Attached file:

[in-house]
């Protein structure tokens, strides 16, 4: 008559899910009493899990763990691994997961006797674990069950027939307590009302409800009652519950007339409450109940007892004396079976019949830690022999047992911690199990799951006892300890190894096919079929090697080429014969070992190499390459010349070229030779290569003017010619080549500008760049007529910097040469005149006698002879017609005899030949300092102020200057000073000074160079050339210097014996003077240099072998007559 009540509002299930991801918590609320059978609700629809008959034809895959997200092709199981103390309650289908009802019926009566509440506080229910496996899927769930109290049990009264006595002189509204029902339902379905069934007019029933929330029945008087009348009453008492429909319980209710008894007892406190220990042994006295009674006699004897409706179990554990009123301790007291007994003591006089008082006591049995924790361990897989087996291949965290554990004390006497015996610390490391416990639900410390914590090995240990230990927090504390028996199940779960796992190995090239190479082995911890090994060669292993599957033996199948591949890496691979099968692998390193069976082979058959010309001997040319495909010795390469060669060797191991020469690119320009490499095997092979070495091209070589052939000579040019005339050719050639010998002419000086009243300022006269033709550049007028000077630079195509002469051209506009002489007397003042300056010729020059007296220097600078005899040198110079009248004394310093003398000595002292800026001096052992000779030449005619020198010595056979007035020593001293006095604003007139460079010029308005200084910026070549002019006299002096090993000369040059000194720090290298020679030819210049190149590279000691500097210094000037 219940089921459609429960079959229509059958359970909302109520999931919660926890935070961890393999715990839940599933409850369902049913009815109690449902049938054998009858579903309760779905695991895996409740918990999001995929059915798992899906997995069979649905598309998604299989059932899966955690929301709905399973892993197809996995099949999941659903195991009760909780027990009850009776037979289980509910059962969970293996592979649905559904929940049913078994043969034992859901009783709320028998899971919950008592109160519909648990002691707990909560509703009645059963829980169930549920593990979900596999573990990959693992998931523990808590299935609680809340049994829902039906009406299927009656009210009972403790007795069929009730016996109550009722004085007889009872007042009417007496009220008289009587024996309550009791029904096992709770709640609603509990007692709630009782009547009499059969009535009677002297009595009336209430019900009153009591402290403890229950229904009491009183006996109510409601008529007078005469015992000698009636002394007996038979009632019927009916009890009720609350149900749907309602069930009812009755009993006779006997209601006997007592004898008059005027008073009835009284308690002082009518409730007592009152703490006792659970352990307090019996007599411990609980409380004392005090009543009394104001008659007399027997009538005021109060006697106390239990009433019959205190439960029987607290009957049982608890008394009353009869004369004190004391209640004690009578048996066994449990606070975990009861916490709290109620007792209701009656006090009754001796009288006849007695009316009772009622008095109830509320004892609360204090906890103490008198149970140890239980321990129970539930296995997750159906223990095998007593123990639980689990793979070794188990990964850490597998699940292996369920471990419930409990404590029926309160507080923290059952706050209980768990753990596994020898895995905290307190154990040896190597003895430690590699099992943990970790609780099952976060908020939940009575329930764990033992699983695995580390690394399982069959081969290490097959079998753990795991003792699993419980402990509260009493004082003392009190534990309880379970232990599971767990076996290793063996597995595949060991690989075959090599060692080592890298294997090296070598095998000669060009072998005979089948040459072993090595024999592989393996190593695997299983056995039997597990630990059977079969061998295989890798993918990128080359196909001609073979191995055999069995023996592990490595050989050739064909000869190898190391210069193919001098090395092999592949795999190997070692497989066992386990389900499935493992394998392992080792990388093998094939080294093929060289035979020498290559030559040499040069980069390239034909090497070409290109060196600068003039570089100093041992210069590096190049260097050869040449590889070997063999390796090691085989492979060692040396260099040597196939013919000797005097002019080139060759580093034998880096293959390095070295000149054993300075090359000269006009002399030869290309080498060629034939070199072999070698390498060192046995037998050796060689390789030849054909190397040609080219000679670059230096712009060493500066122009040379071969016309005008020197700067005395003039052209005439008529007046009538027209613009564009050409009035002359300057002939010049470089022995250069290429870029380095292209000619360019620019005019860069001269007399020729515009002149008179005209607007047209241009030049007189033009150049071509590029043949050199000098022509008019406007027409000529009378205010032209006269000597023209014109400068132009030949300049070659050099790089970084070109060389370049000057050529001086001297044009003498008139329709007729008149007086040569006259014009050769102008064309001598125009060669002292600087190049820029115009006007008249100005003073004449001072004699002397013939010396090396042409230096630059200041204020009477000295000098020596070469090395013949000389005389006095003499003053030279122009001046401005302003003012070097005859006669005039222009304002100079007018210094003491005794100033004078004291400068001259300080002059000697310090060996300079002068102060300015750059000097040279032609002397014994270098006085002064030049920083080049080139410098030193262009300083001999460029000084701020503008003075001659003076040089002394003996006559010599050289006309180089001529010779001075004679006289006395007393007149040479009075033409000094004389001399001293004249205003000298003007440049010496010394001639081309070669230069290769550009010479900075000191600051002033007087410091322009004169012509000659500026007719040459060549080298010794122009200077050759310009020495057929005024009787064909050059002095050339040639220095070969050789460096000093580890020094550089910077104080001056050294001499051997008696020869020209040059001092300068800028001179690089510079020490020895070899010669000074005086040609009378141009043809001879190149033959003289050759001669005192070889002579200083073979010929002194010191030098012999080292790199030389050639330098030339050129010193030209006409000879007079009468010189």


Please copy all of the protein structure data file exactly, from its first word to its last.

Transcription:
[in-house]
């Protein structure tokens, strides 16, 4: 008559899910009493899990763990691994997961006797674990069950027939307590009302409800009652519950007339409450109940007892004396079976019949830690022999047992911690199990799951006892300890190894096919079929090697080429014969070992190499390459010349070229030779290569003017010619080549500008760049007529910097040469005149006698002879017609005899030949300092102020200057000073000074160079050339210097014996003077240099072998007559 009540509002299930991801918590609320059978609700629809008959034809895959997200092709199981103390309650289908009802019926009566509440506080229910496996899927769930109290049990009264006595002189509204029902339902379905069934007019029933929330029945008087009348009453008492429909319980209710008894007892406190220990042994006295009674006699004897409706179990554990009123301790007291007994003591006089008082006591049995924790361990897989087996291949965290554990004390006497015996610390490391416990639900410390914590090995240990230990927090504390028996199940779960796992190995090239190479082995911890090994060669292993599957033996199948591949890496691979099968692998390193069976082979058959010309001997040319495909010795390469060669060797191991020469690119320009490499095997092979070495091209070589052939000579040019005339050719050639010998002419000086009243300022006269033709550049007028000077630079195509002469051209506009002489007397003042300056010729020059007296220097600078005899040198110079009248004394310093003398000595002292800026001096052992000779030449005619020198010595056979007035020593001293006095604003007139460079010029308005200084910026070549002019006299002096090993000369040059000194720090290298020679030819210049190149590279000691500097210094000037 219940089921459609429960079959229509059958359970909302109520999931919660926890935070961890393999715990839940599933409850369902049913009815109690449902049938054998009858579903309760779905695991895996409740918990999001995929059915798992899906997995069979649905598309998604299989059932899966955690929301709905399973892993197809996995099949999941659903195991009760909780027990009850009776037979289980509910059962969970293996592979649905559904929940049913078994043969034992859901009783709320028998899971919950008592109160519909648990002691707990909560509703009645059963829980169930549920593990979900596999573990990959693992998931523990808590299935609680809340049994829902039906009406299927009656009210009972403790007795069929009730016996109550009722004085007889009872007042009417007496009220008289009587024996309550009791029904096992709770709640609603509990007692709630009782009547009499059969009535009677002297009595009336209430019900009153009591402290403890229950229904009491009183006996109510409601008529007078005469015992000698009636002394007996038979009632019927009916009890009720609350149900749907309602069930009812009755009993006779006997209601006997007592004898008059005027008073009835009284308690002082009518409730007592009152703490006792659970352990307090019996007599411990609980409380004392005090009543009394104001008659007399027997009538005021109060006697106390239990009433019959205190439960029987607290009957049982608890008394009353009869004369004190004391209640004690009578048996066994449990606070975990009861916490709290109620007792209701009656006090009754001796009288006849007695009316009772009622008095109830509320004892609360204090906890103490008198149970140890239980321990129970539930296995997750159906223990095998007593123990639980689990793979070794188990990964850490597998699940292996369920471990419930409990404590029926309160507080923290059952706050209980768990753990596994020898895995905290307190154990040896190597003895430690590699099992943990970790609780099952976060908020939940009575329930764990033992699983695995580390690394399982069959081969290490097959079998753990795991003792699993419980402990509260009493004082003392009190534990309880379970232990599971767990076996290793063996597995595949060991690989075959090599060692080592890298294997090296070598095998000669060009072998005979089948040459072993090595024999592989393996190593695997299983056995039997597990630990059977079969061998295989890798993918990128080359196909001609073979191995055999069995023996592990490595050989050739064909000869190898190391210069193919001098090395092999592949795999190997070692497989066992386990389900499935493992394998392992080792990388093998094939080294093929060289035979020498290559030559040499040069980069390239034909090497070409290109060196600068003039570089100093041992210069590096190049260097050869040449590889070997063999390796090691085989492979060692040396260099040597196939013919000797005097002019080139060759580093034998880096293959390095070295000149054993300075090359000269006009002399030869290309080498060629034939070199072999070698390498060192046995037998050796060689390789030849054909190397040609080219000679670059230096712009060493500066122009040379071969016309005008020197700067005395003039052209005439008529007046009538027209613009564009050409009035002359300057002939010049470089022995250069290429870029380095292209000619360019620019005019860069001269007399020729515009002149008179005209607007047209241009030049007189033009150049071509590029043949050199000098022509008019406007027409000529009378205010032209006269000597023209014109400068132009030949300049070659050099790089970084070109060389370049000057050529001086001297044009003498008139329709007729008149007086040569006259014009050769102008064309001598125009060669002292600087190049820029115009006007008249100005003073004449001072004699002397013939010396090396042409230096630059200041204020009477000295000098020596070469090395013949000389005389006095003499003053030279122009001046401005302003003012070097005859006669005039222009304002100079007018210094003491005794100033004078004291400068001259300080002059000697310090060996300079002068102060300015750059000097040279032609002397014994270098006085002064030049920083080049080139410098030193262009300083001999460029000084701020503008003075001659003076040089002394003996006559010599050289006309180089001529010779001075004679006289006395007393007149040479009075033409000094004389001399001293004249205003000298003007440049010496010394001639081309070669230069290769550009010479900075000191600051002033007087410091322009004169012509000659500026007719040459060549080298010794122009200077050759310009020495057929005024009787064909050059002095050339040639220095070969050789460096000093580890020094550089910077104080001056050294001499051997008696020869020209040059001092300068800028001179690089510079020490020895070899010669000074005086040609009378141009043809001879190149033959003289050759001669005192070889002579200083073979010929002194010191030098012999080292790199030389050639330098030339050129010193030209006409000879007079009468010189």